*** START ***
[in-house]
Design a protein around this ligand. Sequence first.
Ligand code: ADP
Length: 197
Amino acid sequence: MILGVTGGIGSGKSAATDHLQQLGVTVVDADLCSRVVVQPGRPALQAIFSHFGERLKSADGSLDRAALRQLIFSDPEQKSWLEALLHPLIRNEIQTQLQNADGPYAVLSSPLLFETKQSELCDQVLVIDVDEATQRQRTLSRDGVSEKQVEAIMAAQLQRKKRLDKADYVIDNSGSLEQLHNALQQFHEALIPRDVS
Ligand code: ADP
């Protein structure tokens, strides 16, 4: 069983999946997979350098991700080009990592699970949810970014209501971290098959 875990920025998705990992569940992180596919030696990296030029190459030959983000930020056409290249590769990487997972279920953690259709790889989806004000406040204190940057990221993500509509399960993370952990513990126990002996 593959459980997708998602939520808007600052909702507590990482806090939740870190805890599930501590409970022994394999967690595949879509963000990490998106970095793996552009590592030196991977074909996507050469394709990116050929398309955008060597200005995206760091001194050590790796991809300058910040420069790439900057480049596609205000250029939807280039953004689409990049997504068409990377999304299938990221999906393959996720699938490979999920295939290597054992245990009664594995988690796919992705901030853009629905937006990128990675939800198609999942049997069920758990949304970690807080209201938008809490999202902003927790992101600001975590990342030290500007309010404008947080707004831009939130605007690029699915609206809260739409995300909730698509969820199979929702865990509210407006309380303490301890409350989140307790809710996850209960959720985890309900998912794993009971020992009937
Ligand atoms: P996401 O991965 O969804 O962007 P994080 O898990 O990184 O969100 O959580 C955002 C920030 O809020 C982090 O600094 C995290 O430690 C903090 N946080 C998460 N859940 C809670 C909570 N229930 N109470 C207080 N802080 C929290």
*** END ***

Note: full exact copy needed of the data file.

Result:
[in-house]
Design a protein around this ligand. Sequence first.
Ligand code: ADP
Length: 197
Amino acid sequence: MILGVTGGIGSGKSAATDHLQQLGVTVVDADLCSRVVVQPGRPALQAIFSHFGERLKSADGSLDRAALRQLIFSDPEQKSWLEALLHPLIRNEIQTQLQNADGPYAVLSSPLLFETKQSELCDQVLVIDVDEATQRQRTLSRDGVSEKQVEAIMAAQLQRKKRLDKADYVIDNSGSLEQLHNALQQFHEALIPRDVS
Ligand code: ADP
């Protein structure tokens, strides 16, 4: 069983999946997979350098991700080009990592699970949810970014209501971290098959 875990920025998705990992569940992180596919030696990296030029190459030959983000930020056409290249590769990487997972279920953690259709790889989806004000406040204190940057990221993500509509399960993370952990513990126990002996 593959459980997708998602939520808007600052909702507590990482806090939740870190805890599930501590409970022994394999967690595949879509963000990490998106970095793996552009590592030196991977074909996507050469394709990116050929398309955008060597200005995206760091001194050590790796991809300058910040420069790439900057480049596609205000250029939807280039953004689409990049997504068409990377999304299938990221999906393959996720699938490979999920295939290597054992245990009664594995988690796919992705901030853009629905937006990128990675939800198609999942049997069920758990949304970690807080209201938008809490999202902003927790992101600001975590990342030290500007309010404008947080707004831009939130605007690029699915609206809260739409995300909730698509969820199979929702865990509210407006309380303490301890409350989140307790809710996850209960959720985890309900998912794993009971020992009937
Ligand atoms: P996401 O991965 O969804 O962007 P994080 O898990 O990184 O969100 O959580 C955002 C920030 O809020 C982090 O600094 C995290 O430690 C903090 N946080 C998460 N859940 C809670 C909570 N229930 N109470 C207080 N802080 C929290």